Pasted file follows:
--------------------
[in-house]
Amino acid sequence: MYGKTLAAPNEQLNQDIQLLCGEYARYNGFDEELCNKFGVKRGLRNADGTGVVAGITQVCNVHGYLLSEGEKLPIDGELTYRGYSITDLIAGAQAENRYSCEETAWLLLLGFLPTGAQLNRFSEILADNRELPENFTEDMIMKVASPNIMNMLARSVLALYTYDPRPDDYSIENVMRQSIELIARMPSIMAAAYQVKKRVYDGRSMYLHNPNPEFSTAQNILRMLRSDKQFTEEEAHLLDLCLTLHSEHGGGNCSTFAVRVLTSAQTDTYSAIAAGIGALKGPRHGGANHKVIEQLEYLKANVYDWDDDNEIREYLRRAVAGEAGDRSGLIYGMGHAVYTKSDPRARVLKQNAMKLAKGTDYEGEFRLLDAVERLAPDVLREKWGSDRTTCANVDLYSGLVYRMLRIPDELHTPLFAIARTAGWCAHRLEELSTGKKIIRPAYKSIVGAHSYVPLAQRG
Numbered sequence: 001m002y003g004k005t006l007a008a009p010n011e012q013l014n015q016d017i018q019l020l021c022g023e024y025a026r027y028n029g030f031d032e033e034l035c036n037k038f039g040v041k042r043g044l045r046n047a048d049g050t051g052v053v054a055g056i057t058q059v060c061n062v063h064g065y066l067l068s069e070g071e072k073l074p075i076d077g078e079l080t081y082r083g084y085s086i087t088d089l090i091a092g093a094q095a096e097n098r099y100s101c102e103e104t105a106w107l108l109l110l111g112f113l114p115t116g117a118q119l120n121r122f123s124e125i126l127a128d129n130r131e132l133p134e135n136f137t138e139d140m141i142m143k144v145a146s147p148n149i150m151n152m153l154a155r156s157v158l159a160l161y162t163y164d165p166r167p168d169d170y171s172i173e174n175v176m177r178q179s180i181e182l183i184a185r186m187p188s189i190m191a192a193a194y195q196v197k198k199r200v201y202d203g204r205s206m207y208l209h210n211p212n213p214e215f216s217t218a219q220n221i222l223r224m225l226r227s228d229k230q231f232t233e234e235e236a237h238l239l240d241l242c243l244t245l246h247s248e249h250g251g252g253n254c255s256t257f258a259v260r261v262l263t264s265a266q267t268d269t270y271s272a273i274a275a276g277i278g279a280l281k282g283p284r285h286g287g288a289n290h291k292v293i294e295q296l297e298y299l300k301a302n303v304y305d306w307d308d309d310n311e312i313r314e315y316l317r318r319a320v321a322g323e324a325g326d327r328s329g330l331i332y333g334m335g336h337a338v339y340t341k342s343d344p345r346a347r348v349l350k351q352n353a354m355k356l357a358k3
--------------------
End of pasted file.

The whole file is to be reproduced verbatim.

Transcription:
[in-house]
Amino acid sequence: MYGKTLAAPNEQLNQDIQLLCGEYARYNGFDEELCNKFGVKRGLRNADGTGVVAGITQVCNVHGYLLSEGEKLPIDGELTYRGYSITDLIAGAQAENRYSCEETAWLLLLGFLPTGAQLNRFSEILADNRELPENFTEDMIMKVASPNIMNMLARSVLALYTYDPRPDDYSIENVMRQSIELIARMPSIMAAAYQVKKRVYDGRSMYLHNPNPEFSTAQNILRMLRSDKQFTEEEAHLLDLCLTLHSEHGGGNCSTFAVRVLTSAQTDTYSAIAAGIGALKGPRHGGANHKVIEQLEYLKANVYDWDDDNEIREYLRRAVAGEAGDRSGLIYGMGHAVYTKSDPRARVLKQNAMKLAKGTDYEGEFRLLDAVERLAPDVLREKWGSDRTTCANVDLYSGLVYRMLRIPDELHTPLFAIARTAGWCAHRLEELSTGKKIIRPAYKSIVGAHSYVPLAQRG
Numbered sequence: 001m002y003g004k005t006l007a008a009p010n011e012q013l014n015q016d017i018q019l020l021c022g023e024y025a026r027y028n029g030f031d032e033e034l035c036n037k038f039g040v041k042r043g044l045r046n047a048d049g050t051g052v053v054a055g056i057t058q059v060c061n062v063h064g065y066l067l068s069e070g071e072k073l074p075i076d077g078e079l080t081y082r083g084y085s086i087t088d089l090i091a092g093a094q095a096e097n098r099y100s101c102e103e104t105a106w107l108l109l110l111g112f113l114p115t116g117a118q119l120n121r122f123s124e125i126l127a128d129n130r131e132l133p134e135n136f137t138e139d140m141i142m143k144v145a146s147p148n149i150m151n152m153l154a155r156s157v158l159a160l161y162t163y164d165p166r167p168d169d170y171s172i173e174n175v176m177r178q179s180i181e182l183i184a185r186m187p188s189i190m191a192a193a194y195q196v197k198k199r200v201y202d203g204r205s206m207y208l209h210n211p212n213p214e215f216s217t218a219q220n221i222l223r224m225l226r227s228d229k230q231f232t233e234e235e236a237h238l239l240d241l242c243l244t245l246h247s248e249h250g251g252g253n254c255s256t257f258a259v260r261v262l263t264s265a266q267t268d269t270y271s272a273i274a275a276g277i278g279a280l281k282g283p284r285h286g287g288a289n290h291k292v293i294e295q296l297e298y299l300k301a302n303v304y305d306w307d308d309d310n311e312i313r314e315y316l317r318r319a320v321a322g323e324a325g326d327r328s329g330l331i332y333g334m335g336h337a338v339y340t341k342s343d344p345r346a347r348v349l350k351q352n353a354m355k356l357a358k3